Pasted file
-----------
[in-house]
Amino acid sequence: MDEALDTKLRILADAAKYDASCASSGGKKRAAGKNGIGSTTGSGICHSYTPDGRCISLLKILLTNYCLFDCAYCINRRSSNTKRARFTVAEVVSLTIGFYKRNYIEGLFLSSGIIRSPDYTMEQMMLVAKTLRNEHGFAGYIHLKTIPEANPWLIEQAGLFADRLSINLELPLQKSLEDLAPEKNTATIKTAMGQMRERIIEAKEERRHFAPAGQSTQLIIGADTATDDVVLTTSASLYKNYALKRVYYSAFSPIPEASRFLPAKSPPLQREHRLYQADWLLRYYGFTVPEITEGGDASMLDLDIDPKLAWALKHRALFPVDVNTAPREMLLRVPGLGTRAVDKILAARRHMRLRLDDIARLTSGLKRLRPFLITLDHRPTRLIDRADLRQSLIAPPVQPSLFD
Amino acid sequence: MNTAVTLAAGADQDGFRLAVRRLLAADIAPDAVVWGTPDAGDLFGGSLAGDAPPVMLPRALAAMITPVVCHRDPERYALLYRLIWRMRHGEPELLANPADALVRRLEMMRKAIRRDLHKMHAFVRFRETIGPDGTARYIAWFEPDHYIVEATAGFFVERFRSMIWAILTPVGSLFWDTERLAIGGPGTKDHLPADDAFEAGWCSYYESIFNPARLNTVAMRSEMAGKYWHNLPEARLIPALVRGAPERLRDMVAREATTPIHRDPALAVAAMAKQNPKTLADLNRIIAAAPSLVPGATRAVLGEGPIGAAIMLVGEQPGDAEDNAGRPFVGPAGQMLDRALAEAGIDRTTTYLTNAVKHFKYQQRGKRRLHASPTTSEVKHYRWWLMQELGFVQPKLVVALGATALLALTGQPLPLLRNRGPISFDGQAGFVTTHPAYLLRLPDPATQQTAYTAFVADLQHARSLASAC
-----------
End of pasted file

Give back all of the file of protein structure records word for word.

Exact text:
[in-house]
Amino acid sequence: MDEALDTKLRILADAAKYDASCASSGGKKRAAGKNGIGSTTGSGICHSYTPDGRCISLLKILLTNYCLFDCAYCINRRSSNTKRARFTVAEVVSLTIGFYKRNYIEGLFLSSGIIRSPDYTMEQMMLVAKTLRNEHGFAGYIHLKTIPEANPWLIEQAGLFADRLSINLELPLQKSLEDLAPEKNTATIKTAMGQMRERIIEAKEERRHFAPAGQSTQLIIGADTATDDVVLTTSASLYKNYALKRVYYSAFSPIPEASRFLPAKSPPLQREHRLYQADWLLRYYGFTVPEITEGGDASMLDLDIDPKLAWALKHRALFPVDVNTAPREMLLRVPGLGTRAVDKILAARRHMRLRLDDIARLTSGLKRLRPFLITLDHRPTRLIDRADLRQSLIAPPVQPSLFD
Amino acid sequence: MNTAVTLAAGADQDGFRLAVRRLLAADIAPDAVVWGTPDAGDLFGGSLAGDAPPVMLPRALAAMITPVVCHRDPERYALLYRLIWRMRHGEPELLANPADALVRRLEMMRKAIRRDLHKMHAFVRFRETIGPDGTARYIAWFEPDHYIVEATAGFFVERFRSMIWAILTPVGSLFWDTERLAIGGPGTKDHLPADDAFEAGWCSYYESIFNPARLNTVAMRSEMAGKYWHNLPEARLIPALVRGAPERLRDMVAREATTPIHRDPALAVAAMAKQNPKTLADLNRIIAAAPSLVPGATRAVLGEGPIGAAIMLVGEQPGDAEDNAGRPFVGPAGQMLDRALAEAGIDRTTTYLTNAVKHFKYQQRGKRRLHASPTTSEVKHYRWWLMQELGFVQPKLVVALGATALLALTGQPLPLLRNRGPISFDGQAGFVTTHPAYLLRLPDPATQQTAYTAFVADLQHARSLASAC